The Golden Age

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The Golden Age of Medieval Christianity centers on the two fundamental components, monasticism and the papacy. The timeframe in history for this age is generally identified with the conclusion of the crusades or approximately the end of the thirteenth century. Manifestations of the Golden Age are found in the theological writings, missionary movements of renewal and in the architecture that is still evident today. The two primary individuals identified with this age include Francis of Assisi and Dominic of Osma. Saint Francis embraced a lifestyle committed to poverty. This form of monasticism is also known as the mendicants or those who lived by begging. This from of renewal or Holy Poverty became very popular as many identified with Francis…show more content…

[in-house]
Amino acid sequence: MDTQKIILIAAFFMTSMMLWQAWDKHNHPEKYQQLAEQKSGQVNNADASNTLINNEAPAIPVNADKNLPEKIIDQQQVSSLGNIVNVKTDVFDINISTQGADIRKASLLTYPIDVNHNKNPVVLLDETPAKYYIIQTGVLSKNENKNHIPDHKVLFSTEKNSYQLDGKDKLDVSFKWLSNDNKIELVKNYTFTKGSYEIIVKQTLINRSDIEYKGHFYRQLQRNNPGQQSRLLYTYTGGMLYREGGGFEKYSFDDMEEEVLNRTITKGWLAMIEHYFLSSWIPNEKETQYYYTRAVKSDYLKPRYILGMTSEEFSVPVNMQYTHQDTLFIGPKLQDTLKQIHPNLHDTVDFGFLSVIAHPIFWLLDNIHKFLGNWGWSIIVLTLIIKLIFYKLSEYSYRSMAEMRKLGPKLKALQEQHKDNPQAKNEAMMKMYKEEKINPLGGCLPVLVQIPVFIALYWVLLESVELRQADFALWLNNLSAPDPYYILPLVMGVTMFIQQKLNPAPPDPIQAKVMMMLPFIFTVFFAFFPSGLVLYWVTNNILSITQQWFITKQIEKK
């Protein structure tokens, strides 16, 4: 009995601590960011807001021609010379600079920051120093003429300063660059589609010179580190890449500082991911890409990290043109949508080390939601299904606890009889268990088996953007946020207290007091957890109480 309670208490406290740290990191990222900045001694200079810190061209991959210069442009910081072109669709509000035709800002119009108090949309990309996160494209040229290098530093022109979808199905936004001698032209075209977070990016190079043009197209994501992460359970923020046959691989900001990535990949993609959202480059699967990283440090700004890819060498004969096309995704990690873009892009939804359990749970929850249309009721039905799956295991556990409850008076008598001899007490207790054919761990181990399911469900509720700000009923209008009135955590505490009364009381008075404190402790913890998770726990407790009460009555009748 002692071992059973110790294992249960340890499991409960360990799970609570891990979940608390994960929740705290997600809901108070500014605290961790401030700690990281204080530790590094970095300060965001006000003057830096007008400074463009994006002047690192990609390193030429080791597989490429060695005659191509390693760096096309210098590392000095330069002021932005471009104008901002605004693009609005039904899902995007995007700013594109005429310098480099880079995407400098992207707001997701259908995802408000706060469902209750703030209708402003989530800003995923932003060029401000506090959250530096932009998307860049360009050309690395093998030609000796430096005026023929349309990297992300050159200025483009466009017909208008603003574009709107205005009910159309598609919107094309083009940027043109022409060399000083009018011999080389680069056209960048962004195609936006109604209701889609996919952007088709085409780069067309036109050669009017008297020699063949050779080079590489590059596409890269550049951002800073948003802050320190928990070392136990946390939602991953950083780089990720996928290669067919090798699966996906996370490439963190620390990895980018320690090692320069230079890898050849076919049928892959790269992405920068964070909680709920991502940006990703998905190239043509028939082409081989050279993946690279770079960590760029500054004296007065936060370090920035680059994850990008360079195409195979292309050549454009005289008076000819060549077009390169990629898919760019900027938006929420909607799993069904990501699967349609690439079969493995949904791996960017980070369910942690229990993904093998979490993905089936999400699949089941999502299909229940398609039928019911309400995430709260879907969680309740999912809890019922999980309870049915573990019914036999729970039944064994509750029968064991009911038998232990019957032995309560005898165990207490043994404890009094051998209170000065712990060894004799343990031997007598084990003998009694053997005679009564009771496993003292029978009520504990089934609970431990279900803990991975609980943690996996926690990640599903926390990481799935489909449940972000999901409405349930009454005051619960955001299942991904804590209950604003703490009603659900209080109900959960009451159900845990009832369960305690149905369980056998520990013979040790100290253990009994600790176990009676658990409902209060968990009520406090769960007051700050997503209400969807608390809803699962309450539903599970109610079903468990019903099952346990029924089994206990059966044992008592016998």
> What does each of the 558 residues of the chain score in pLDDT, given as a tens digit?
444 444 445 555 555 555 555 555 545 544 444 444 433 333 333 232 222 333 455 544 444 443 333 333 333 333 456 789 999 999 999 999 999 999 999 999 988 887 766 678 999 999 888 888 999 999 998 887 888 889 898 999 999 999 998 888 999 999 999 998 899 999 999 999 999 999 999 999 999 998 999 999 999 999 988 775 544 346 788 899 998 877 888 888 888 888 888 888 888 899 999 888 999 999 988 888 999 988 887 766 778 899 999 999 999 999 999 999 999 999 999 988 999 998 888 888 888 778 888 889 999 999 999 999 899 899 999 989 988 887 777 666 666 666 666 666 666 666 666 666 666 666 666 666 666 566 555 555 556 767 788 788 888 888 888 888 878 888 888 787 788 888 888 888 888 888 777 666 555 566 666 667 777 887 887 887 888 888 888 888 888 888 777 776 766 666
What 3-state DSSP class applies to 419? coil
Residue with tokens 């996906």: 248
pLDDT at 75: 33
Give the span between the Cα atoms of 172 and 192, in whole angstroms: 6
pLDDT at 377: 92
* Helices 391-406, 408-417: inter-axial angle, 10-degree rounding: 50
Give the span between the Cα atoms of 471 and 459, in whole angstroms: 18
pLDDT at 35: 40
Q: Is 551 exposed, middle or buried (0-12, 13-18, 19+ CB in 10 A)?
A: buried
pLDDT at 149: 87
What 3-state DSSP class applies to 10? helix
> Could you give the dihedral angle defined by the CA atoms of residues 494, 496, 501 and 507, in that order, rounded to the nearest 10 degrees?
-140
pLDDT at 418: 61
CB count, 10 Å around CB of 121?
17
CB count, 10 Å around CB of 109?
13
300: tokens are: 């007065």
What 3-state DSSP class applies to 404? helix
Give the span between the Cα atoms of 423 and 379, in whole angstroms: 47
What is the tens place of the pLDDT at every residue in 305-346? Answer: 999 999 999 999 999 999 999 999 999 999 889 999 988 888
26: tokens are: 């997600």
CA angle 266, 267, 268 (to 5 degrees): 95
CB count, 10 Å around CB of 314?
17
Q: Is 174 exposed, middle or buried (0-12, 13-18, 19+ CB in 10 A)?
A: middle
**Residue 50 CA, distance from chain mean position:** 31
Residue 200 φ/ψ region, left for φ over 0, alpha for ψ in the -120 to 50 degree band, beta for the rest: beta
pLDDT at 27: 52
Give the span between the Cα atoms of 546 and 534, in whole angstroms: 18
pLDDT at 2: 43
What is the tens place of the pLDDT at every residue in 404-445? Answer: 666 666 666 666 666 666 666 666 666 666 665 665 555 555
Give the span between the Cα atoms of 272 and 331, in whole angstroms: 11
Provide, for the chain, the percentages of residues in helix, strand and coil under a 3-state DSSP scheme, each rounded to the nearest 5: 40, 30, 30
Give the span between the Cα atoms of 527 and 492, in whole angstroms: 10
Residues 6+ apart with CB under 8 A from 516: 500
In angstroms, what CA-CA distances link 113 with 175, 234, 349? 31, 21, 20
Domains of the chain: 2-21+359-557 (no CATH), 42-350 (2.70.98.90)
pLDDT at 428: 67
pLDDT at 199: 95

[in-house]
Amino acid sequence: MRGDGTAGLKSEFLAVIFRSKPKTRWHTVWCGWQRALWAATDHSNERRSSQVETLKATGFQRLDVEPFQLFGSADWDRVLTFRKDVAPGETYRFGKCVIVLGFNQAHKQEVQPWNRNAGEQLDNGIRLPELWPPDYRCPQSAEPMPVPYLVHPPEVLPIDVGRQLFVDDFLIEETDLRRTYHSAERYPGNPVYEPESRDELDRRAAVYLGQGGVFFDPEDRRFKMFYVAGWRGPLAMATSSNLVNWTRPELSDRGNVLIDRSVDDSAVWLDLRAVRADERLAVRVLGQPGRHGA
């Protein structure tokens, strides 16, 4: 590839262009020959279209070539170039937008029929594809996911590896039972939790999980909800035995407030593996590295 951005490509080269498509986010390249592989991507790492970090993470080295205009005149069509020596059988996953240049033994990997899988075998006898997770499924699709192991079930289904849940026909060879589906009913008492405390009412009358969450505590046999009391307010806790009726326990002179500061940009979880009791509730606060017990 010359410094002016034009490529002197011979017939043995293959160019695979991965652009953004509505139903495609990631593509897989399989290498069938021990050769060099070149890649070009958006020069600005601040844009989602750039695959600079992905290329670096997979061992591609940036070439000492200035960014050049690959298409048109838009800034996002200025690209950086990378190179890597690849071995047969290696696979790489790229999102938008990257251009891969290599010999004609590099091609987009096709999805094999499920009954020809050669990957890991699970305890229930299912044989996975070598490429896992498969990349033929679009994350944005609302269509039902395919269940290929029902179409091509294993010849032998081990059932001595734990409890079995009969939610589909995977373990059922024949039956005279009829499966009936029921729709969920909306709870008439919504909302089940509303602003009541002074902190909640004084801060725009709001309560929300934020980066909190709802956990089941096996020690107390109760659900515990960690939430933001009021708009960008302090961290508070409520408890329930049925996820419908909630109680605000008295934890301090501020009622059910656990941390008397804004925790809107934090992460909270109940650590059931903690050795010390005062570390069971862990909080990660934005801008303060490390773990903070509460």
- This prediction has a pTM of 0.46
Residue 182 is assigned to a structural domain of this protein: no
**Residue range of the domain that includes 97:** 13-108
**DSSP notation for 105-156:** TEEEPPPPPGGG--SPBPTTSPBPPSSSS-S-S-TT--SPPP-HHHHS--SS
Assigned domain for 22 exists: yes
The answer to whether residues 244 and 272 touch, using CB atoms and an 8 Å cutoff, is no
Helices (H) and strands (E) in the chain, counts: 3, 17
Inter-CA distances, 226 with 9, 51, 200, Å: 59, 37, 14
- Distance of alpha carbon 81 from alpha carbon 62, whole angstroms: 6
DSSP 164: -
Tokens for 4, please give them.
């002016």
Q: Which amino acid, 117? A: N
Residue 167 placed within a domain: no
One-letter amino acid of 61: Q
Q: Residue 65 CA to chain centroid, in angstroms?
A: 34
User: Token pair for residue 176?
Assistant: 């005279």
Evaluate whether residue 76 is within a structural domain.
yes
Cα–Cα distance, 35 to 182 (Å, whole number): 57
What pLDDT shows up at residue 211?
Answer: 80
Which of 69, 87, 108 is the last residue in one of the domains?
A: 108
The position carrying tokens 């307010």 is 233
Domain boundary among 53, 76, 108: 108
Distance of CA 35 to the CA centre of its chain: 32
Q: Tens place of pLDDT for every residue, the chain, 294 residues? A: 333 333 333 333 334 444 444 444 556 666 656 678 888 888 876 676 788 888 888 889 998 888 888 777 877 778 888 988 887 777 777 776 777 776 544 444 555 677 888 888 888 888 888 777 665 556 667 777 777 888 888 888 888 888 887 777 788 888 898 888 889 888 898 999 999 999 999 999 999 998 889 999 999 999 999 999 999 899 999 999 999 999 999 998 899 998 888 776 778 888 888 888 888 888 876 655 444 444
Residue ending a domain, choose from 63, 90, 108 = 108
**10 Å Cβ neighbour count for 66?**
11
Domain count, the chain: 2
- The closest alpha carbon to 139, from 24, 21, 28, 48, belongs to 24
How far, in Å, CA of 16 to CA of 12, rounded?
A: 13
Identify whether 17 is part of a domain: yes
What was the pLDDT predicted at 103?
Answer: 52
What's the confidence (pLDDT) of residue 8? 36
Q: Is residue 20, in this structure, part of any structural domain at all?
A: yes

This movement committed itself to rigorous study and preaching. The objective of this monastic movement was to combat a new wave of heresy in Southern France. This movement became known as the order of preachers or “Dominicans.” This order abolished manual labor for all monks so that they could further devote themselves to scholarship. This movement gave the church some of its most distinguished theologians. The Golden Age is also marked and influenced by the papacy. Pope Innocent III influenced the affairs of many kingdoms across Europe. In addition, both the Franciscans and Dominicans emerged during his reign. Innocent III is also credited for his influence in bringing Christianity closer together. The thirteenth century is seen in history and identified as this highpoint of papal authority. While the Golden Age of Christianity flourished from this highpoint of scholastic growth, widespread missionary efforts, and papal authority and influence, the winds of change were blowing. These winds were marked by the growing monetary economy. This economy gave increasing power and wealth to the bourgeoisie class. The bourgeoisie favored a highly centralized government and monarchs to help support trade, manufacturing and credit. As centralized governments (precursor to the modern states in Europe) grew in power, so did nationalism. As nationalism grew, the power and influence of the papacy decreased. Another outcome of nationalism, that

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